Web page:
What's Happening in Hawaii
during the 4th week in June:"Pua ka wiliwili nanahu ka manō...
When the wiliwili tree blooms, the sharks bite..."
Wiliwili thrives in hot, arid places and flowers for several weeks, usually starting about this time. Hawaiian mothers are said to have kept their children out of the water when the yellow, orange or red blossoms of this native tree could be seen.
Though recent history offers no evidence that manō is particularly prone to attack in June or July, in the old days young seabirds trying their wings during these months may have attracted sharks to feed in near-shore waters.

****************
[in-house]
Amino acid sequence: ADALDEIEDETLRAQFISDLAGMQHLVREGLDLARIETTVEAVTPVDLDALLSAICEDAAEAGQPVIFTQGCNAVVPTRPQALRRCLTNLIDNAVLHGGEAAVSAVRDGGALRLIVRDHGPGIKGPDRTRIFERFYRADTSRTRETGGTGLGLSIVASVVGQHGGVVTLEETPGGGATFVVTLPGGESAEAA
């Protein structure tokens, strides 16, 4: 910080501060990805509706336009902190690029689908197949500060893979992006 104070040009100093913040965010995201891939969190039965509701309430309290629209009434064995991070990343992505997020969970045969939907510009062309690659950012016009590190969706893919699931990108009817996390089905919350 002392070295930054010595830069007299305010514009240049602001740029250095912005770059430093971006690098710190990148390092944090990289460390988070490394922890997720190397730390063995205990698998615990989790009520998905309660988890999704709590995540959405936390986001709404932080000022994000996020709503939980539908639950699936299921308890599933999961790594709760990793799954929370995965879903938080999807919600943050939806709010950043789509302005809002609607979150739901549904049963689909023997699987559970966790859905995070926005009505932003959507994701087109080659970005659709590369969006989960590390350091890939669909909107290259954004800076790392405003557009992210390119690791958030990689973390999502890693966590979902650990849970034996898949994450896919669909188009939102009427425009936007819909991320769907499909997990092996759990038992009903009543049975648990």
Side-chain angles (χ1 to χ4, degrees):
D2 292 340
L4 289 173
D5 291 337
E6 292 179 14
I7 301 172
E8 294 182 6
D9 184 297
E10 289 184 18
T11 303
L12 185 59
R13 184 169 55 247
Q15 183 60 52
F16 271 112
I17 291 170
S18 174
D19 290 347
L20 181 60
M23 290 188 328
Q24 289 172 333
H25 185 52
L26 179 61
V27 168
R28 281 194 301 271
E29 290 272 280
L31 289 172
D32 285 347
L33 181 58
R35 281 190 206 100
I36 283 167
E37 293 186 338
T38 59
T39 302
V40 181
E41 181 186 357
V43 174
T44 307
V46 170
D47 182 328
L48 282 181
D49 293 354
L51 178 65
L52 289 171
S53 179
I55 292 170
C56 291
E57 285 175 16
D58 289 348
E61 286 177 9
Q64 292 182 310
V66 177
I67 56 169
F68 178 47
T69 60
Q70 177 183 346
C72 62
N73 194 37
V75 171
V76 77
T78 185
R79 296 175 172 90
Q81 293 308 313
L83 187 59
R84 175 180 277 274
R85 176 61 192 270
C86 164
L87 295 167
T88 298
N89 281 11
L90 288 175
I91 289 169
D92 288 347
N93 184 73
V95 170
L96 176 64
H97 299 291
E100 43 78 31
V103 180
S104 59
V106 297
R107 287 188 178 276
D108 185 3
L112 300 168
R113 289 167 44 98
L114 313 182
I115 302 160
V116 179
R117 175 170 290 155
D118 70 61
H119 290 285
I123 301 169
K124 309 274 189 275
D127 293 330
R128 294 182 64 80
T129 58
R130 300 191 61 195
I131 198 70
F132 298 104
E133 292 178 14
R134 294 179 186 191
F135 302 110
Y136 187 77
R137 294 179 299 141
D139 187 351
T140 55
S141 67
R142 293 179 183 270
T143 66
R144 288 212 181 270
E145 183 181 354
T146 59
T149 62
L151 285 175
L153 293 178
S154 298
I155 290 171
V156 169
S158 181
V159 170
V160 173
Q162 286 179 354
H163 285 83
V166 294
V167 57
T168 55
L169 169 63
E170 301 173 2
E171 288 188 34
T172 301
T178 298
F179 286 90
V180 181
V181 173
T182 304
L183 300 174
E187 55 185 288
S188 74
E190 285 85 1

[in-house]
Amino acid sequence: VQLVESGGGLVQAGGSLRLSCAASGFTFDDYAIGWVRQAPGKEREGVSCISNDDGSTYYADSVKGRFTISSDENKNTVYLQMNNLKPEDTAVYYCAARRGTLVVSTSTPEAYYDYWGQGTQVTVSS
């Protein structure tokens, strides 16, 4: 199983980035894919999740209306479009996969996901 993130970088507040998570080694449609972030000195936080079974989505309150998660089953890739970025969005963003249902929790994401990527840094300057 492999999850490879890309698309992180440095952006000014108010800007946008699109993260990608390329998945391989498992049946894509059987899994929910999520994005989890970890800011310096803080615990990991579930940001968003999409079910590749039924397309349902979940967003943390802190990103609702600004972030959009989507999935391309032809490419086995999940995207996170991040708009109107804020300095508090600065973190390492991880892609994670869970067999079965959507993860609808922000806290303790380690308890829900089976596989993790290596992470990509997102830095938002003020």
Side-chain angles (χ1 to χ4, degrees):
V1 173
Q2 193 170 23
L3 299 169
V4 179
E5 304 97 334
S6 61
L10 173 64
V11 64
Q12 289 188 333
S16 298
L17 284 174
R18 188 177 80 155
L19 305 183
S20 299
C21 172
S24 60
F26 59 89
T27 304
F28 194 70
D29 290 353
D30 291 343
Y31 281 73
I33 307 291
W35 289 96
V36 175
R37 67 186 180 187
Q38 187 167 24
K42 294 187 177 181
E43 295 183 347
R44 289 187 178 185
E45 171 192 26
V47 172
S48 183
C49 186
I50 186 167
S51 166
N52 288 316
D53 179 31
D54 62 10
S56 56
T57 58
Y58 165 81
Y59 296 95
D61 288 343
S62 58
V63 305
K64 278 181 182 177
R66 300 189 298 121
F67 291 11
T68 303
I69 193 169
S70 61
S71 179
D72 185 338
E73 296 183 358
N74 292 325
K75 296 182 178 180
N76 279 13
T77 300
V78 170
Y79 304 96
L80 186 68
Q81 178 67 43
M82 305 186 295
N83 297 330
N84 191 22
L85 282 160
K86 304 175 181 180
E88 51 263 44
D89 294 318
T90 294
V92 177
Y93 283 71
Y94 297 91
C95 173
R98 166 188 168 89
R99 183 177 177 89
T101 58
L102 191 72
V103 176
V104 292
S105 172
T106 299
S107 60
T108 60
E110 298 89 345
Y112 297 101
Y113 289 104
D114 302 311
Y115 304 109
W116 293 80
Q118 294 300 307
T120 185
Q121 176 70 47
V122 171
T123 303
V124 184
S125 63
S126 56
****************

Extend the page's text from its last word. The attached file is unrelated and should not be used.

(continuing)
Wiliwili is adapted for life in hot, dry areas where few other plants can survive. Young trees have prickles to ward off predators, and mature trees drop their leaves before blooming, conserving all their resources for the reproductive effort.
In wet areas, wiliwili may not drop their leaves or come into flower because dampness eliminates the natural cues that initiate these processes. The flowers and bright red seeds are used in lei and wiliwili wood, noted for its lightness, was prized for ama (canoe outriggers) and fishnet floats.